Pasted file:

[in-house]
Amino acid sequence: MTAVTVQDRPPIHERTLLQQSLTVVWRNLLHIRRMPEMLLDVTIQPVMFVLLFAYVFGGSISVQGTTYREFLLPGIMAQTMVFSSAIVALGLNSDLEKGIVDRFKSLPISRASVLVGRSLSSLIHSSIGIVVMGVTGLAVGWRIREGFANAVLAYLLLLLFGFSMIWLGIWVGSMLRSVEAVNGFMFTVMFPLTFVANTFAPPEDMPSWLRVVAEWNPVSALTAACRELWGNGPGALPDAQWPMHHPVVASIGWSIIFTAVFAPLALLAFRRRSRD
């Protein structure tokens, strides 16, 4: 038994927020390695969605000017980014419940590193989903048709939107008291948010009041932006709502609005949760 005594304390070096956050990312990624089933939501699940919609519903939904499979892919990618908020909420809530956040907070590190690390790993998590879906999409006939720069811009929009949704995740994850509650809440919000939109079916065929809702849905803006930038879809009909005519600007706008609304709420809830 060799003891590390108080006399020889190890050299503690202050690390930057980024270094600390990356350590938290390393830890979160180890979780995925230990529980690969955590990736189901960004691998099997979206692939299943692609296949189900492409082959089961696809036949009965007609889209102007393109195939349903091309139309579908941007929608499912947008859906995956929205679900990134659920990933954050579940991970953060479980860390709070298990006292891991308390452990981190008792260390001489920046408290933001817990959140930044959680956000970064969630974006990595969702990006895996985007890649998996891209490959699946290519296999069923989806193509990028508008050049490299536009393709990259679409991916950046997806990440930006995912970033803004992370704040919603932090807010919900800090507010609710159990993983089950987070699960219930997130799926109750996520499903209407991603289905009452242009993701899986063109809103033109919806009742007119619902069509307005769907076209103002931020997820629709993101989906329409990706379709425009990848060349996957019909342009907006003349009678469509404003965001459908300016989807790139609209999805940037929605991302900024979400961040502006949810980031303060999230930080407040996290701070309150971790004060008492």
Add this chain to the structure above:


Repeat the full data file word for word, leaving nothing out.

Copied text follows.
[in-house]
Amino acid sequence: MTAVTVQDRPPIHERTLLQQSLTVVWRNLLHIRRMPEMLLDVTIQPVMFVLLFAYVFGGSISVQGTTYREFLLPGIMAQTMVFSSAIVALGLNSDLEKGIVDRFKSLPISRASVLVGRSLSSLIHSSIGIVVMGVTGLAVGWRIREGFANAVLAYLLLLLFGFSMIWLGIWVGSMLRSVEAVNGFMFTVMFPLTFVANTFAPPEDMPSWLRVVAEWNPVSALTAACRELWGNGPGALPDAQWPMHHPVVASIGWSIIFTAVFAPLALLAFRRRSRD
């Protein structure tokens, strides 16, 4: 038994927020390695969605000017980014419940590193989903048709939107008291948010009041932006709502609005949760 005594304390070096956050990312990624089933939501699940919609519903939904499979892919990618908020909420809530956040907070590190690390790993998590879906999409006939720069811009929009949704995740994850509650809440919000939109079916065929809702849905803006930038879809009909005519600007706008609304709420809830 060799003891590390108080006399020889190890050299503690202050690390930057980024270094600390990356350590938290390393830890979160180890979780995925230990529980690969955590990736189901960004691998099997979206692939299943692609296949189900492409082959089961696809036949009965007609889209102007393109195939349903091309139309579908941007929608499912947008859906995956929205679900990134659920990933954050579940991970953060479980860390709070298990006292891991308390452990981190008792260390001489920046408290933001817990959140930044959680956000970064969630974006990595969702990006895996985007890649998996891209490959699946290519296999069923989806193509990028508008050049490299536009393709990259679409991916950046997806990440930006995912970033803004992370704040919603932090807010919900800090507010609710159990993983089950987070699960219930997130799926109750996520499903209407991603289905009452242009993701899986063109809103033109919806009742007119619902069509307005769907076209103002931020997820629709993101989906329409990706379709425009990848060349996957019909342009907006003349009678469509404003965001459908300016989807790139609209999805940037929605991302900024979400961040502006949810980031303060999230930080407040996290701070309150971790004060008492």
Add this chain to the structure above: